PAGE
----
Apollinaire in the Park is a program of Apollinaire Theatre Company (ATC), Chelsea’s award-winning professional theatre. ATC produces adventurous contemporary theatre, and free outdoor summer shows. The ATC’s home is the Chelsea Theatre Works in Chelsea Square, which houses their three theatres: the Apollinaire Theatre; the Riseman Family Theatre, home of their youth program, the Apollinaire Play Lab; and the Black Box—a co-working rental theatre for Boston Area performing artists. Visit them on the web at www.apollinairetheatre.com.
The Chelsea Walk has, for years, been an uninviting walkway between Broadway and the seedier part of the alleyways behind the business district.
This photo is an example sent out by GreenRoots of some things that could be done to the Chelsea Walk to enliven and brighten it up. GreenRoots and the City are embarking on a campaign to match a state grant for funding to spruce up the Walk.
But as Broadway gets more attention, the City and GreenRoots are looking to make the Chelsea Walk a comfortable centerpiece, rather than a forgotten stretch.
GreenRoots, together with City Manager Tom Ambrosino, announced Friday night that it had received a grant from MassDevelopment to transform the dark and dingy Chelsea Walk into a safe and welcoming destination attraction featuring art, color and lighting.
The grant, however, has a twist.
In order to get the funding, it needs to be matched dollar for dollar through Crowdfunding by June 8. Crowdfunding is when many people contribute towards a project’s success. At present time, fundraising has exceeded $3,000, so GreenRoots has less than 40 days to raise the remaining $17,000.
Chelsea Chamber of Commerce President Sergio Jaramillo said the project is an effort to “ make the area a place where people feel safe.”
He added, “It is all about making our community better.”
City Manager Tom Ambrosino encouraged everyone to contribute where they can.
“To the extent you can donate something, it will really benefit the city,” he said.
The effort follows two fun summer events where GreenRoots and the City developed “park-lets” on Broadway for a day – something that was extremely popular with residents, business owners and the public. The Chelsea Walk effort is another arm of that effort.
GreenRoots is accepting donations towards this project at www.patronicity.com/chelseawalk.
Chelsea GreenRoots is leading the way in jump-starting a renewal of Chelsea-Eastie activism on the Chelsea Creek – sending out teams to help build up momentum on the Eastie side for Creek activism.
GreenRoots Director Roseann Bongiovanni said the organization began trying to revitalize the interest in Eastie back in August after getting a grant to do some organizing.
“We can only be more powerful with one voice like we were in the past,” she said. “Overall, since we started, folks have been receptive because they know this is for East Boston residents and will be led by East Boston residents. It goes back to the holistic look at the Chelsea Creek on the East Boston and Chelsea side.”
For many years, the former Chelsea GreenSpace and the Eastie Neighborhood of Affordable Housing (NOAH) combined efforts to form the Chelsea Creek Action Group – or CCAG. Together, that group fought of what they believed to be environmental threats to the Creek, including a power plant, CAD cells buried in the riverbed, and the Hess tank removal. They also advocated successfully for the Urban Wild location on the Eastie side, and held social events like the River Revel.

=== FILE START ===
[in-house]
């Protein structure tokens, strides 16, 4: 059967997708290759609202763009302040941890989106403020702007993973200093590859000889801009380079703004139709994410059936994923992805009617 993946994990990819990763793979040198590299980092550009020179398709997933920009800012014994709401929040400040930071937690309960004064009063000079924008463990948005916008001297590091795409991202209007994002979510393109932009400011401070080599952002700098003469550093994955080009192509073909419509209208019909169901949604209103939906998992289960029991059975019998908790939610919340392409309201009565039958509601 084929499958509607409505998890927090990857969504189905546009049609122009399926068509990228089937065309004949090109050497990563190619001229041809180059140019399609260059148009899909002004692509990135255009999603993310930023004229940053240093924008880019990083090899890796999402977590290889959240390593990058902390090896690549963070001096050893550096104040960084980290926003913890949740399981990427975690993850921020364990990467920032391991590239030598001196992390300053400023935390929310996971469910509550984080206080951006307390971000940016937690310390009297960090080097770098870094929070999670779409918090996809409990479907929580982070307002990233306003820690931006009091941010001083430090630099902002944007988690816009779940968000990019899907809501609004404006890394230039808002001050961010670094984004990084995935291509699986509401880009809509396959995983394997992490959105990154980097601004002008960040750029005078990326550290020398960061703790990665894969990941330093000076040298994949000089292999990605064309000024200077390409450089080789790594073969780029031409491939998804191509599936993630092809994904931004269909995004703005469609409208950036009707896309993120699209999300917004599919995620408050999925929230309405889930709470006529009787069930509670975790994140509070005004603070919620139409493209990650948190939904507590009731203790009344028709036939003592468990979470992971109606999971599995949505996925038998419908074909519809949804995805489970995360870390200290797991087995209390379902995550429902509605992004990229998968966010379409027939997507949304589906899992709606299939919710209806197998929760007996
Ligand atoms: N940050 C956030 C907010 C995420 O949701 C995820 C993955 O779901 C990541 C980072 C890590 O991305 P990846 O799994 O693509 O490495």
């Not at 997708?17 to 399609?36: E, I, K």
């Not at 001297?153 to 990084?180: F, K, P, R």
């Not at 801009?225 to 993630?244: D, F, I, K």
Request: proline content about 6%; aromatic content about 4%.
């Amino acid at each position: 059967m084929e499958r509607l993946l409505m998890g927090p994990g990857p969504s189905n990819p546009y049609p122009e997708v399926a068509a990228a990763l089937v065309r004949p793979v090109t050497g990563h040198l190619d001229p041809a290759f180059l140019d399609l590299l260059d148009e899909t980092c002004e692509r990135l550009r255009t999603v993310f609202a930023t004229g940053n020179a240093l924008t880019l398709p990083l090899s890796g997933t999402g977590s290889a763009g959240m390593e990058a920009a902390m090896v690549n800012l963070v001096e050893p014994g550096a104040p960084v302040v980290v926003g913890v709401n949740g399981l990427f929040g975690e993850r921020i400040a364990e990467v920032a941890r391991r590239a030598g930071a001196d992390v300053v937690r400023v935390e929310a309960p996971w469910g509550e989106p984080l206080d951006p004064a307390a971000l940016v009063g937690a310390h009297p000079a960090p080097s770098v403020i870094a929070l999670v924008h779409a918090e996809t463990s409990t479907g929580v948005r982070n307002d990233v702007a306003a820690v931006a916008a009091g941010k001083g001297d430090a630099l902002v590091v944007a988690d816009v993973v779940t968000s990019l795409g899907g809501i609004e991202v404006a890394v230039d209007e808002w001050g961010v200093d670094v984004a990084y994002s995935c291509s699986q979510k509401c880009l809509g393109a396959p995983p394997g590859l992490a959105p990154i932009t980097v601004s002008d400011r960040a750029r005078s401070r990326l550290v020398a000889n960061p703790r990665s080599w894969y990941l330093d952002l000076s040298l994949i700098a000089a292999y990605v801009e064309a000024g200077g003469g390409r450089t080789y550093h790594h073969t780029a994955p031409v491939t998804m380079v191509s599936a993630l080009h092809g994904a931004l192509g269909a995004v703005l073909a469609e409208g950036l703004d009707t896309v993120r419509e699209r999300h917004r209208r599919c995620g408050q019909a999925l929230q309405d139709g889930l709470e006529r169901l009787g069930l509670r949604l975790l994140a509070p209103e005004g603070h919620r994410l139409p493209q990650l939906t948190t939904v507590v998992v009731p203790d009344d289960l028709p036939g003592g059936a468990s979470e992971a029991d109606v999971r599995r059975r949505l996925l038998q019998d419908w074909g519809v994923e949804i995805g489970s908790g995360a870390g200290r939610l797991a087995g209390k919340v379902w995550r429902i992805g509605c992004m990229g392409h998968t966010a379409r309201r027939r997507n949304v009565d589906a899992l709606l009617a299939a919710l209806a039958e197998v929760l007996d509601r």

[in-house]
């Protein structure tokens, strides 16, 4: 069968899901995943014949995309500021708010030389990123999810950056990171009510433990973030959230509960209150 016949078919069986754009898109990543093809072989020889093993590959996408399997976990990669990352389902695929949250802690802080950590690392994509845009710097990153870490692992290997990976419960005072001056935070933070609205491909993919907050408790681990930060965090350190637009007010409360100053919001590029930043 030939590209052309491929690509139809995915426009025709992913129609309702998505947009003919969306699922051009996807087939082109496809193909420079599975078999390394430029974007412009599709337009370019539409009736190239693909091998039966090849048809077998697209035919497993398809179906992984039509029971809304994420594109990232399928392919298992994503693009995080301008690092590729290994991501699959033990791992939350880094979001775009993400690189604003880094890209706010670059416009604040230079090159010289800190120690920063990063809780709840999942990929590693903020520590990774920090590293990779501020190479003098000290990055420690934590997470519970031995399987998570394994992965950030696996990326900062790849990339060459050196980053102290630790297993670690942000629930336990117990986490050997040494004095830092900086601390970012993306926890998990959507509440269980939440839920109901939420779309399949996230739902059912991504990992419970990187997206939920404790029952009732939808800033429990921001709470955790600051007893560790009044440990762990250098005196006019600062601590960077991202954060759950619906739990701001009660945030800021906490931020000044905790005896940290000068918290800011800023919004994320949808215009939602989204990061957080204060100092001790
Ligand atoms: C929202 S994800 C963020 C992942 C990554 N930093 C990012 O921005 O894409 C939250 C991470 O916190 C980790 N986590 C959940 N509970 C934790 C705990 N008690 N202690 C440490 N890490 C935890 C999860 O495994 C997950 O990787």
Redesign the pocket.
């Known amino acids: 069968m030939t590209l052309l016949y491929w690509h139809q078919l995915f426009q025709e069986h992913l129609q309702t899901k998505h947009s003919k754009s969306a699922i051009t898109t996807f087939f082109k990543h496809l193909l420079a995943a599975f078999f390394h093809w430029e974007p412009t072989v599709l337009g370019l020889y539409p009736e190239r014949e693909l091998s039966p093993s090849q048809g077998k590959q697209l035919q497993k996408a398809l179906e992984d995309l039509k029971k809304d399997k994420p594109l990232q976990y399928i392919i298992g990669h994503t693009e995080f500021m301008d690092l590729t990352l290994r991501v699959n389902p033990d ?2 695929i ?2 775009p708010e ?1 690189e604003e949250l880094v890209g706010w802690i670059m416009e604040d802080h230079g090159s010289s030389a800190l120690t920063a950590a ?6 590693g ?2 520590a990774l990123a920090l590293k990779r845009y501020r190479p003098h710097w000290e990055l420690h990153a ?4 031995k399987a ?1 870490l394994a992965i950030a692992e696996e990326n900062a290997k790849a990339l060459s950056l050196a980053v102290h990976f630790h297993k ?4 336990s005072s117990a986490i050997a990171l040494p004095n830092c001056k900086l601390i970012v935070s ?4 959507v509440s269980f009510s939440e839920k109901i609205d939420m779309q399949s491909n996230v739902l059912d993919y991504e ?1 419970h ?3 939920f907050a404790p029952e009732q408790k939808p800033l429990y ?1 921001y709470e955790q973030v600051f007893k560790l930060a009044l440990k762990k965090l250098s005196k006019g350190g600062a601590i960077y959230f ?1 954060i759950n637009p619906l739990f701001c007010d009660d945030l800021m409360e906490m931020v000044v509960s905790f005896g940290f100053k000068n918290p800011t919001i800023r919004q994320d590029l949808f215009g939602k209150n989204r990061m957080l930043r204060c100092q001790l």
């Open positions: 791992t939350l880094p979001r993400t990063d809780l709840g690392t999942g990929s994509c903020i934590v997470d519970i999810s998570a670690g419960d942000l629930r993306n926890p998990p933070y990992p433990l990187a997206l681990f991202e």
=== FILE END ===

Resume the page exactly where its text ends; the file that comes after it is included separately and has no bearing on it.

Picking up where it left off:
However, about two years ago, a lot of the leadership in Eastie shifted to other matters and concerns in the neighborhood, leaving Chelsea holding up one side of the Creek.
Recently, though, Eastie’s Magdalena Ayed spun off environmental work in her organization HarborKeepers.
That began to develop some interest again in the Creek activism in Eastie.
This year, GreenRoots got a grant to do work to re-activate the grass roots base in East Boston and to institute Eastie leaders to begin leading the revived organization.
“That was very important that this was for East Boston and we were just helping to get it started for them,” said Bongiovanni. “We didn’t want it to seem like Chelsea was coming over and telling East Boston what to do.”
First, they visited 12 groups, including the many neighborhood organizations in Eastie, and spread the word about trying to revive interest in Creek activism.
Right now, John Walkey of Eastie and Indira Alfaro of GreenRoots are canvassing Eastie to get more people involved.
Bongiovanni said getting both sides organized again is very important to the health of the Creek.
She said there is also a great opportunity to learn from one another.
“You see gentrification along the Creek a lot more in East Boston and we are hoping to learn from what they have gone through,” she said.
Bongiovanni said the missing link on the Creek still is Revere, but she has hopes that some organizing can be done there as well.
Since I announced my candidacy for District 5 City Councillor, I have had the opportunity to speak and meet with many of you about your vision for the district. Each conversation has reminded me once again that our city’s greatest asset is our people.
Whether you live on Beacon, Ash, Cottage, Chester Avenue, or Lynn Streets, we all share a common commitment to doing everything we can to make our community and district stronger.
For over 20 years, I have lived here in our great city and district as a homeowner, and as a community activist, one that cares deeply in the direction that our city is heading.
As an activist along with other concerned residents, we were able to lower the speed limit in our city to 25 miles per hour. Also we were able to make our streets safer by working with City Hall and others to raise the streets to their highest levels to help combat the safety concerns of our residents. In addition I have been a strong advocate of a healthier and cleaner Chelsea. Having been a member of the Chelsea Enhancement Team, Chelsea Shines, and the Beautification Committee, and a supporter Green Roots, the city is looking much better. The air quality is getting better, and both the homeowners and business owners are maintaining their properties better, all because of the commitment and hard work of concerned residents and myself.